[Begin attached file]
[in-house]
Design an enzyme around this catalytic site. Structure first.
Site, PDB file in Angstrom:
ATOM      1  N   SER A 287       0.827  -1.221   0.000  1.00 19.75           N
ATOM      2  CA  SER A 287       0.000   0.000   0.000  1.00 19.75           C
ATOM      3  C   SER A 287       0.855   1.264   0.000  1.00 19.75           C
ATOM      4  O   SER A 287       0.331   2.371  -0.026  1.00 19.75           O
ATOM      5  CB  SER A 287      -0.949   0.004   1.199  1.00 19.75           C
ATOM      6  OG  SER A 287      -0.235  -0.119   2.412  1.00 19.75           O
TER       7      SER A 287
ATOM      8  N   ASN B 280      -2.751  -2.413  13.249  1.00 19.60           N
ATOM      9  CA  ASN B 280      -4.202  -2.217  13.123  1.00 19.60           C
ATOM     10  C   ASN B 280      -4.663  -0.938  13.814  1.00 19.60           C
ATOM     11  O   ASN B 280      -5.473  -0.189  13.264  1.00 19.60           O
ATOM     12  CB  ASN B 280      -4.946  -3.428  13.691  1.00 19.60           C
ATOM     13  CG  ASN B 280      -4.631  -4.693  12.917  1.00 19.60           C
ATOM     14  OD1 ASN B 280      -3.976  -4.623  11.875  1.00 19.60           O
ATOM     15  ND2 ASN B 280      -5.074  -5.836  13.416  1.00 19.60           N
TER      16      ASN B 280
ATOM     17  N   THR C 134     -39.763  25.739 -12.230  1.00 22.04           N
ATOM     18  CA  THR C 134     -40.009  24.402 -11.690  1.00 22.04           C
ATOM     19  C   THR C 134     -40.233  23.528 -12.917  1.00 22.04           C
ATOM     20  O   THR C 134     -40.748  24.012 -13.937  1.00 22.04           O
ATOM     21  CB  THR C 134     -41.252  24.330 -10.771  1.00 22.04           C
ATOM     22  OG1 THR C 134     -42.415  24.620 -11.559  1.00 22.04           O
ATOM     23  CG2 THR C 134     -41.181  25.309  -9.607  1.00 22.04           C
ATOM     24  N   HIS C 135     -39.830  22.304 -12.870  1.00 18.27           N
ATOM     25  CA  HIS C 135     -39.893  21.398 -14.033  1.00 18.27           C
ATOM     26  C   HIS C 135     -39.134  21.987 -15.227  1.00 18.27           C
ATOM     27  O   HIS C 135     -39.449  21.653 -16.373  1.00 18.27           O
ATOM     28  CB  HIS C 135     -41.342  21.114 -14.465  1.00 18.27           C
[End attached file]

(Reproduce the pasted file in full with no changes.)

[in-house]
Design an enzyme around this catalytic site. Structure first.
Site, PDB file in Angstrom:
ATOM      1  N   SER A 287       0.827  -1.221   0.000  1.00 19.75           N
ATOM      2  CA  SER A 287       0.000   0.000   0.000  1.00 19.75           C
ATOM      3  C   SER A 287       0.855   1.264   0.000  1.00 19.75           C
ATOM      4  O   SER A 287       0.331   2.371  -0.026  1.00 19.75           O
ATOM      5  CB  SER A 287      -0.949   0.004   1.199  1.00 19.75           C
ATOM      6  OG  SER A 287      -0.235  -0.119   2.412  1.00 19.75           O
TER       7      SER A 287
ATOM      8  N   ASN B 280      -2.751  -2.413  13.249  1.00 19.60           N
ATOM      9  CA  ASN B 280      -4.202  -2.217  13.123  1.00 19.60           C
ATOM     10  C   ASN B 280      -4.663  -0.938  13.814  1.00 19.60           C
ATOM     11  O   ASN B 280      -5.473  -0.189  13.264  1.00 19.60           O
ATOM     12  CB  ASN B 280      -4.946  -3.428  13.691  1.00 19.60           C
ATOM     13  CG  ASN B 280      -4.631  -4.693  12.917  1.00 19.60           C
ATOM     14  OD1 ASN B 280      -3.976  -4.623  11.875  1.00 19.60           O
ATOM     15  ND2 ASN B 280      -5.074  -5.836  13.416  1.00 19.60           N
TER      16      ASN B 280
ATOM     17  N   THR C 134     -39.763  25.739 -12.230  1.00 22.04           N
ATOM     18  CA  THR C 134     -40.009  24.402 -11.690  1.00 22.04           C
ATOM     19  C   THR C 134     -40.233  23.528 -12.917  1.00 22.04           C
ATOM     20  O   THR C 134     -40.748  24.012 -13.937  1.00 22.04           O
ATOM     21  CB  THR C 134     -41.252  24.330 -10.771  1.00 22.04           C
ATOM     22  OG1 THR C 134     -42.415  24.620 -11.559  1.00 22.04           O
ATOM     23  CG2 THR C 134     -41.181  25.309  -9.607  1.00 22.04           C
ATOM     24  N   HIS C 135     -39.830  22.304 -12.870  1.00 18.27           N
ATOM     25  CA  HIS C 135     -39.893  21.398 -14.033  1.00 18.27           C
ATOM     26  C   HIS C 135     -39.134  21.987 -15.227  1.00 18.27           C
ATOM     27  O   HIS C 135     -39.449  21.653 -16.373  1.00 18.27           O
ATOM     28  CB  HIS C 135     -41.342  21.114 -14.465  1.00 18.27           C